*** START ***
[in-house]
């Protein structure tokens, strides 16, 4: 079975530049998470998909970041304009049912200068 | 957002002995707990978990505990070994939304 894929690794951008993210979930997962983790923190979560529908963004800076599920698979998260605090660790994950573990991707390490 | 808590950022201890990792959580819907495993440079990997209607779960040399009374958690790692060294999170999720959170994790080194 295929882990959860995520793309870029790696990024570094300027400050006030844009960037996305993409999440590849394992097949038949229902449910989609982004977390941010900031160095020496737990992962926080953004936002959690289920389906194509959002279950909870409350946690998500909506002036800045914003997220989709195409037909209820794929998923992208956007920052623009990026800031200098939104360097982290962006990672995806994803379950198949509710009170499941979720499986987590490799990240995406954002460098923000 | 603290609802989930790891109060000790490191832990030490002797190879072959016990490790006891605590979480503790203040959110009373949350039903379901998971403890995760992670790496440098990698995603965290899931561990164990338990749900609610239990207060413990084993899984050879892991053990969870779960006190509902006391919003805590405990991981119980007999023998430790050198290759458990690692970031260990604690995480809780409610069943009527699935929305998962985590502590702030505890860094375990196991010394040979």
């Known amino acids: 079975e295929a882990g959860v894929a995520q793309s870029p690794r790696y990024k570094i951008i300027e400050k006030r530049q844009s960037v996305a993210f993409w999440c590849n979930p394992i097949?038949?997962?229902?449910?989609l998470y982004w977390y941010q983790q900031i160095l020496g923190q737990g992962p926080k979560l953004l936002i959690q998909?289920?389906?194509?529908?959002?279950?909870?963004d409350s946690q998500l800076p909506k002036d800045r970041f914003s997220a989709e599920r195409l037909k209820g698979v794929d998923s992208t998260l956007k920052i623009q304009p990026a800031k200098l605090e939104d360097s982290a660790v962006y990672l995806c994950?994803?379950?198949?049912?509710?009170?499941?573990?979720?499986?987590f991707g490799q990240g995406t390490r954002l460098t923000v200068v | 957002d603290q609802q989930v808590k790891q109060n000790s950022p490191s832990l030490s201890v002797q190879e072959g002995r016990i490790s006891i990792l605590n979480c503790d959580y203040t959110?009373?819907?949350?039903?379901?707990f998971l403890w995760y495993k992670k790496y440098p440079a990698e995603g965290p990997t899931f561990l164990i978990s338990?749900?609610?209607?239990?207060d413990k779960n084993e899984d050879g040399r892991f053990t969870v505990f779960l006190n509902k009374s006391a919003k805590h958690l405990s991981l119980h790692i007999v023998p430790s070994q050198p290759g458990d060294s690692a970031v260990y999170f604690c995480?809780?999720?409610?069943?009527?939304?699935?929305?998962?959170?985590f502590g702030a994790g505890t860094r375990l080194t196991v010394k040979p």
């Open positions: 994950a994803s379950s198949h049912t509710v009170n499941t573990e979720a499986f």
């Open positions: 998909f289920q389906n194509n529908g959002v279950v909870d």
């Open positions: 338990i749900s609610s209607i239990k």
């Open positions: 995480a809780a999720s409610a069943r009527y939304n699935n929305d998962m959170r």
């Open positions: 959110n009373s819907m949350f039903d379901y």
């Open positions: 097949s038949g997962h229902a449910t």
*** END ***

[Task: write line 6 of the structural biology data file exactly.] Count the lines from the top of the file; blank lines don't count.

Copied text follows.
């Open positions: 338990i749900s609610s209607i239990k």